I began development in the latter part of 1999. Before the year ended, I had used Genie at my workplace to deal with invisible files that the Finder ignored. The next summer I demoed Genie at MacHack 15’s Best Hack contest (providing a counterpoint to the development of Mac OS X). But despite the intensity of my efforts, Genie got off to a modest start. The first revision checked into SourceForge (in March 2001) was a monolithic, single-threaded application. The shell was built into the kernel, and every command was a shell builtin. There was no POSIX API yet; all filing operations used Mac OS routines. I hadn’t yet learned about RAII or smart pointers; for memory management, I actually implemented NeXTstep autorelease pools in C++. In short, I really didn’t know what the hell I was doing.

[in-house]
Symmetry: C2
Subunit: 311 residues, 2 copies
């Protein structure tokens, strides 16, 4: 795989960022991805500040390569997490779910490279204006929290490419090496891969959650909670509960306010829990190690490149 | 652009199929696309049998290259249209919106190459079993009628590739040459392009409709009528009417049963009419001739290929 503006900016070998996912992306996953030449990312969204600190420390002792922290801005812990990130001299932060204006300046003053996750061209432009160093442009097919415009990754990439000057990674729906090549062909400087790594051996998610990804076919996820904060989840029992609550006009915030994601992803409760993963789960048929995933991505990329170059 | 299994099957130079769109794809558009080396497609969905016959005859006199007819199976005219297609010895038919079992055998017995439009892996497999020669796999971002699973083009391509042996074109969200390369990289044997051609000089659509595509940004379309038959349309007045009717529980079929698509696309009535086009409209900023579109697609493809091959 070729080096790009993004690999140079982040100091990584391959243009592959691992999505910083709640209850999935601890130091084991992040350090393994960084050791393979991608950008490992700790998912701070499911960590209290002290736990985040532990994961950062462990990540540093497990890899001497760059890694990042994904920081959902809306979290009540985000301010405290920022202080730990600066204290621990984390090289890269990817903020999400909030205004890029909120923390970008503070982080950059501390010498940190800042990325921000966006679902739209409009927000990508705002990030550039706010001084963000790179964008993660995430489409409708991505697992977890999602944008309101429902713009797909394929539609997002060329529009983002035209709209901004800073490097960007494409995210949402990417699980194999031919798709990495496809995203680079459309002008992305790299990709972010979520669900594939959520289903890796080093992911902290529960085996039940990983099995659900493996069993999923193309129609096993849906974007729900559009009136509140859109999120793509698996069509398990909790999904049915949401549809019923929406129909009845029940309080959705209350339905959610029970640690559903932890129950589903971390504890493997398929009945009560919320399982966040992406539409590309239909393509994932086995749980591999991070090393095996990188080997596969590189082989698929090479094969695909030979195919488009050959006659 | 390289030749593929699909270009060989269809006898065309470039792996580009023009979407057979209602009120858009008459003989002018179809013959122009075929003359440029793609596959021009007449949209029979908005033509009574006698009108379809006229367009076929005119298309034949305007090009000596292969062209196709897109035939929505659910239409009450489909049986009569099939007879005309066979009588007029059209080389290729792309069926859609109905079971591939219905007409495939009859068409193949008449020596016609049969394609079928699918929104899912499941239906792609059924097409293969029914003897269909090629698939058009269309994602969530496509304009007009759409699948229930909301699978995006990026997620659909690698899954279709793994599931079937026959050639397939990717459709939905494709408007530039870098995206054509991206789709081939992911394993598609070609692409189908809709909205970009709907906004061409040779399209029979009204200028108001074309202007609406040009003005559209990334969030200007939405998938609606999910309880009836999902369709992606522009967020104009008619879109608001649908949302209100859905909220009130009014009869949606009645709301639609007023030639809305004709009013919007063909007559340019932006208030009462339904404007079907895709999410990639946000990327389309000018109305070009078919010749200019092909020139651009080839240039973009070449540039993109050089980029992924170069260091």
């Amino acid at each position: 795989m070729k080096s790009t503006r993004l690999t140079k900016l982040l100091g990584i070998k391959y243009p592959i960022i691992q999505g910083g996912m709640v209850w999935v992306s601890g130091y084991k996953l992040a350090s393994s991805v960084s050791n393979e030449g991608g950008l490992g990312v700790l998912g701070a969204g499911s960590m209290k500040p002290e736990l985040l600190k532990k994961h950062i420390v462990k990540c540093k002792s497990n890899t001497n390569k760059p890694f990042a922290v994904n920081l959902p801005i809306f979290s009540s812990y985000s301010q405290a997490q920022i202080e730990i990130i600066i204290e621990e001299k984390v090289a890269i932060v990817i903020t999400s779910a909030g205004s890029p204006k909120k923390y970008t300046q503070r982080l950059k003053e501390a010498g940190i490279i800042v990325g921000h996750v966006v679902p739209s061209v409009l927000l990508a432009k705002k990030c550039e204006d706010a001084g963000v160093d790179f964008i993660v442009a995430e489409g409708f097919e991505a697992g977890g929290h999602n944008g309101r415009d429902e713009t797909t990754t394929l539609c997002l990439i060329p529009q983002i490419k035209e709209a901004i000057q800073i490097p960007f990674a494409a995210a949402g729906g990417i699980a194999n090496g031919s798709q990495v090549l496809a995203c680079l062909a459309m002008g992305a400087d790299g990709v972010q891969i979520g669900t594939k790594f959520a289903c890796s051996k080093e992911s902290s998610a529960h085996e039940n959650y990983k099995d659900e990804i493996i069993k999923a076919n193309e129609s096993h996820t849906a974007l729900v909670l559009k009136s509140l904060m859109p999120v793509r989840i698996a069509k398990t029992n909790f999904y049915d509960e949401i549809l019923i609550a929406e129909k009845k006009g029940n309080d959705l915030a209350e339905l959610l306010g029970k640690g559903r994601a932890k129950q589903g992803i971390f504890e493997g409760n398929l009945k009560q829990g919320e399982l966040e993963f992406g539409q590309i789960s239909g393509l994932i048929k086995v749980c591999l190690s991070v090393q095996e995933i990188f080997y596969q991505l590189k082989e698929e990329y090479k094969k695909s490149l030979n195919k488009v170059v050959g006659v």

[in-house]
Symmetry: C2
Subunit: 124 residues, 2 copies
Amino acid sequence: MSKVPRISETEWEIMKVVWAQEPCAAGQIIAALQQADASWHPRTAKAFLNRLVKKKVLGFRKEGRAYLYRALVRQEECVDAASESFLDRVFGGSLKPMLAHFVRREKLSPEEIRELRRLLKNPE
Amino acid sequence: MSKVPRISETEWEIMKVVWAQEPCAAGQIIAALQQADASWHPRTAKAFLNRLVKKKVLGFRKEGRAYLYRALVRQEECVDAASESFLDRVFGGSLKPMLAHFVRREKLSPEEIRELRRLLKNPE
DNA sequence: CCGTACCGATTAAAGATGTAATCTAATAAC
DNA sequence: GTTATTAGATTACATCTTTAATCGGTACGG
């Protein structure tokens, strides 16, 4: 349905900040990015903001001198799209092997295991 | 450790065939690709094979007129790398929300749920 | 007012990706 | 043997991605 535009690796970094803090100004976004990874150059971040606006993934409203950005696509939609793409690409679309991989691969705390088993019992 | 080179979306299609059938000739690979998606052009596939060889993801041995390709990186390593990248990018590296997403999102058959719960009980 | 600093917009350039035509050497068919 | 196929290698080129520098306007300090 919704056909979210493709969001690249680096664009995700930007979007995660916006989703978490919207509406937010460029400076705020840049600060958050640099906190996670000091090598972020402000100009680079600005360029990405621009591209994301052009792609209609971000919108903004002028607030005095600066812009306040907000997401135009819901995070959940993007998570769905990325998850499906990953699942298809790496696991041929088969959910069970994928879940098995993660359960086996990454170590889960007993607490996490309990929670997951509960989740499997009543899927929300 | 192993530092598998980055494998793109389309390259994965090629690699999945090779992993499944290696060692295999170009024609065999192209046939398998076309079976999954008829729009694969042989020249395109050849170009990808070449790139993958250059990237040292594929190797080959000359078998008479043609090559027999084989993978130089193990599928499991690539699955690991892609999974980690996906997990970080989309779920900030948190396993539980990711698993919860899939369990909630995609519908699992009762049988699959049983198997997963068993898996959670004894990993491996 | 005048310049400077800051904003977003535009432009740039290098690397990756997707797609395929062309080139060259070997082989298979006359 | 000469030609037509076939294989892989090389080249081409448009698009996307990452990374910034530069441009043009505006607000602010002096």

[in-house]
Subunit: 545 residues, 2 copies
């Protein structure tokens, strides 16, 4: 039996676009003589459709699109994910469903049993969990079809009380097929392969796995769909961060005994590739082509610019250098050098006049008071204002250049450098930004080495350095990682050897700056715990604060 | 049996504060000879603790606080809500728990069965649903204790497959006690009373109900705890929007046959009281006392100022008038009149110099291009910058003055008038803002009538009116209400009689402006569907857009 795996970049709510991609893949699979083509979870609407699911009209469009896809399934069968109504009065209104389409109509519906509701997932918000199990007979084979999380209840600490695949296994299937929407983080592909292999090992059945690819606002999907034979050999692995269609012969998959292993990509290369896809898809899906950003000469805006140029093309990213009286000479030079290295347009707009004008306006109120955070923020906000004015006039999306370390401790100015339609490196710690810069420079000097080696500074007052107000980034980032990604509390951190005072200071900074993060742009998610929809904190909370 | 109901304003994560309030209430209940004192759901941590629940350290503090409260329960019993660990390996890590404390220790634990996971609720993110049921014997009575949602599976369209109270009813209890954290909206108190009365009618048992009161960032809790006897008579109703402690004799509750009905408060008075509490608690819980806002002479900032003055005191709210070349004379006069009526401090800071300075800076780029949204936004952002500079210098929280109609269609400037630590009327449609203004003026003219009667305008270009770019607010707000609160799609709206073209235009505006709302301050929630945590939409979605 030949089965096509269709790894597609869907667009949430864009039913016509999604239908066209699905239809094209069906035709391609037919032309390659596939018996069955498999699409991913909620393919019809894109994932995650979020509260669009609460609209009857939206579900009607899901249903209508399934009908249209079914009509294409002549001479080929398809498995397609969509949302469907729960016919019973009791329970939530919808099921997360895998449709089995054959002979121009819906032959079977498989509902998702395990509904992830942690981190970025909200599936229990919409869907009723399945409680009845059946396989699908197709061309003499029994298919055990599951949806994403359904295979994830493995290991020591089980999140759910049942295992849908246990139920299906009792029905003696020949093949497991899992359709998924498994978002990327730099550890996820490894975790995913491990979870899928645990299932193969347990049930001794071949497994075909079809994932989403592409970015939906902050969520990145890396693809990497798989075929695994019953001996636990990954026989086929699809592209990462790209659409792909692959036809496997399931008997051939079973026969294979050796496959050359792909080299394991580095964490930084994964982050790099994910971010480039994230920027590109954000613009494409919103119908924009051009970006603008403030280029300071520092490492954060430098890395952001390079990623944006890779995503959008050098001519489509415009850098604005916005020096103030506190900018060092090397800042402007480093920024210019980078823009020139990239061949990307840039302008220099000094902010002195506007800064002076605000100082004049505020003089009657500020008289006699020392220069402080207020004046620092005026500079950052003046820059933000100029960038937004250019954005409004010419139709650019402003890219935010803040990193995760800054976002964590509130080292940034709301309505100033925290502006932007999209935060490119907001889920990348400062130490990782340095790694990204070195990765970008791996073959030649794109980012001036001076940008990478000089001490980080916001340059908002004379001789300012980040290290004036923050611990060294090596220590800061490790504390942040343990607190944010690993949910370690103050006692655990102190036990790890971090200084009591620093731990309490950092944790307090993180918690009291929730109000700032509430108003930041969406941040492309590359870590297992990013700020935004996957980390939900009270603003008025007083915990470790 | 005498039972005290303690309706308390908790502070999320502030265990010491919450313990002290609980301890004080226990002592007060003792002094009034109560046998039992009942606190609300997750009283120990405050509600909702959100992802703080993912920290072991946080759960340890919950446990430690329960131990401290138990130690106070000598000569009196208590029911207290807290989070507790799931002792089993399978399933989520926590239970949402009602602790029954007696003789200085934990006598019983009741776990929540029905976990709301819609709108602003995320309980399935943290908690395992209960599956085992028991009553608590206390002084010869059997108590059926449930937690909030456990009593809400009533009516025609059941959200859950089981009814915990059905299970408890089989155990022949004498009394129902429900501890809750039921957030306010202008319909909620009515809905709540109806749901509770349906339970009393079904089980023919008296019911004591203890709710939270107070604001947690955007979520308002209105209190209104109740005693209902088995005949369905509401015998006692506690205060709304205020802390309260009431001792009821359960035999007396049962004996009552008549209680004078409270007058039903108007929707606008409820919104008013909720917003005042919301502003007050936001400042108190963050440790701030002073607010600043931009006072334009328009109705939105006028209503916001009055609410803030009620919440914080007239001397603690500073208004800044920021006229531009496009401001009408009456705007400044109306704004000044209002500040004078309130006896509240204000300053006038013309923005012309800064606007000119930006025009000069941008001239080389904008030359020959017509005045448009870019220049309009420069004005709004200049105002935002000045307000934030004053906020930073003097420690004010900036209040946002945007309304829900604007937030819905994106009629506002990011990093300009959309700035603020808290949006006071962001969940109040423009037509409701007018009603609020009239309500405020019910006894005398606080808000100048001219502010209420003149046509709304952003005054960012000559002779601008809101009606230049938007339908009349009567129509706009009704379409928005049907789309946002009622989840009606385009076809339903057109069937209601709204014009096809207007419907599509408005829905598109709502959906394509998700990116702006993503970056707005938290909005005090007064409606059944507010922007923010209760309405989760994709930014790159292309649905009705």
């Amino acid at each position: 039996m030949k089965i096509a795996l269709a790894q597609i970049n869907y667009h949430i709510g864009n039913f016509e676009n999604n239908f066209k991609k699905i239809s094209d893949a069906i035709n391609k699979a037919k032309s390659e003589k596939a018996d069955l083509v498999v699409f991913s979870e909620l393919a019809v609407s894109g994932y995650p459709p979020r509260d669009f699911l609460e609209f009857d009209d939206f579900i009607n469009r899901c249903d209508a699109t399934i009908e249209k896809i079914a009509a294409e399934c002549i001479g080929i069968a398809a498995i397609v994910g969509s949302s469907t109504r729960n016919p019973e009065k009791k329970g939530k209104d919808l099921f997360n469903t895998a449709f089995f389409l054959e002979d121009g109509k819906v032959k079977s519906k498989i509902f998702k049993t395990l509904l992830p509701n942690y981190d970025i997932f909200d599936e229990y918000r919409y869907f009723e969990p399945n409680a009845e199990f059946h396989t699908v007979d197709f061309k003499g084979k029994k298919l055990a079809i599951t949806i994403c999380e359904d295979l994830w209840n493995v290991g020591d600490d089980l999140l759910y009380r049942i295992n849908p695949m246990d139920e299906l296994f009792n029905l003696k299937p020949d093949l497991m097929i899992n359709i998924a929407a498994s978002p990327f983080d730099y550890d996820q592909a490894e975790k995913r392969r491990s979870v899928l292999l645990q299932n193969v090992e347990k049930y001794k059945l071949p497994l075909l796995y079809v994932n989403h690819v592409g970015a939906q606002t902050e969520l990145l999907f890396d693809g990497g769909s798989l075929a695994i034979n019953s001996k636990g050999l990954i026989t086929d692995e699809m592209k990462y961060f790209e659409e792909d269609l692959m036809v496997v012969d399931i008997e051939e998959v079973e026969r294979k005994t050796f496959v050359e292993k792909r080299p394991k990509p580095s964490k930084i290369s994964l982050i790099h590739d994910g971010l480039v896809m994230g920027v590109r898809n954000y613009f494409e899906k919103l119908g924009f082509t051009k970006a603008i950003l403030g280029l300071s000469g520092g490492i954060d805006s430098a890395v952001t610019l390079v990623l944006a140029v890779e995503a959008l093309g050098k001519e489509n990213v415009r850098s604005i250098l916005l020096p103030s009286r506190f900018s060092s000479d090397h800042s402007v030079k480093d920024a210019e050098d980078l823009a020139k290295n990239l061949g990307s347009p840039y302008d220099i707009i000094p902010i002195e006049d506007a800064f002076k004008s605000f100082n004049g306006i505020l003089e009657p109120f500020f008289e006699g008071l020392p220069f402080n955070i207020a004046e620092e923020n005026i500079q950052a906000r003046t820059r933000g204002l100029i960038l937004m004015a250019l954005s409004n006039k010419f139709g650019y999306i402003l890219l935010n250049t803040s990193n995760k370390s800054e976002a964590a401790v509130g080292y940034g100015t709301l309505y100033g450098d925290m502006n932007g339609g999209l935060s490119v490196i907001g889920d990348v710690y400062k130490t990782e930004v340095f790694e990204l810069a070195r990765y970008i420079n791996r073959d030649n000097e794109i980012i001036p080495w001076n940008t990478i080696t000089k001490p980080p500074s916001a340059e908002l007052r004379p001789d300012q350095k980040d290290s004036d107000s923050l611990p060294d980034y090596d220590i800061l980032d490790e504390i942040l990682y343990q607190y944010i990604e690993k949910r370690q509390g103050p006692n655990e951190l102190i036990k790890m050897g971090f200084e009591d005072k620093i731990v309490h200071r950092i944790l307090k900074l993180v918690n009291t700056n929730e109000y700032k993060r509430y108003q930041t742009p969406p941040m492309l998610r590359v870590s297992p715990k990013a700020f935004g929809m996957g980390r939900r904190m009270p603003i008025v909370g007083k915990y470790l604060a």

Part Four: MacRelix
After more than a decade of development, I finally thought of a workable name: MacRelix. It started with the prefix 'Mac', clearly marking it as a Mac application. As the name of a Unix-like system, it satisfied the convention of ending in either 'ux' or 'ix'. And the play on 'relics' was just the right amount of self-deprecation, as well as a clue that MacRelix was more at home in the 1990s — a prior century (or even millennium) in the software world.
Nowadays, MacRelix has pipes, signals, system calls, TCP sockets, and more. It works on both 68K and PowerPC Mac systems and builds as Carbon to run natively in OS X. It can be used on any Mac OS version from System 7 to Mac OS X 10.6 "Snow Leopard" (after which Apple removed the Rosetta PowerPC emulator). I haven’t implemented fork() yet, but I know how to do it. In addition to a Unix-like file system interface (which even handles long names by storing them in Desktop database comment fields)), MacRelix has a /proc filesystem (with human readable stack crawls) and also maps various parts of Mac OS (e.g. the ROM image in /sys/mac/rom).
It even has a virtual filesystem as a portable windowing API, called FORGE (File-Oriented, Reflective Graphical environment), which may be the most important feature of all. Eventually I’ll set aside MacRelix along with the rest of classic Mac OS, but FORGE is a concept that you’ll see on modern Unix-based systems in the future.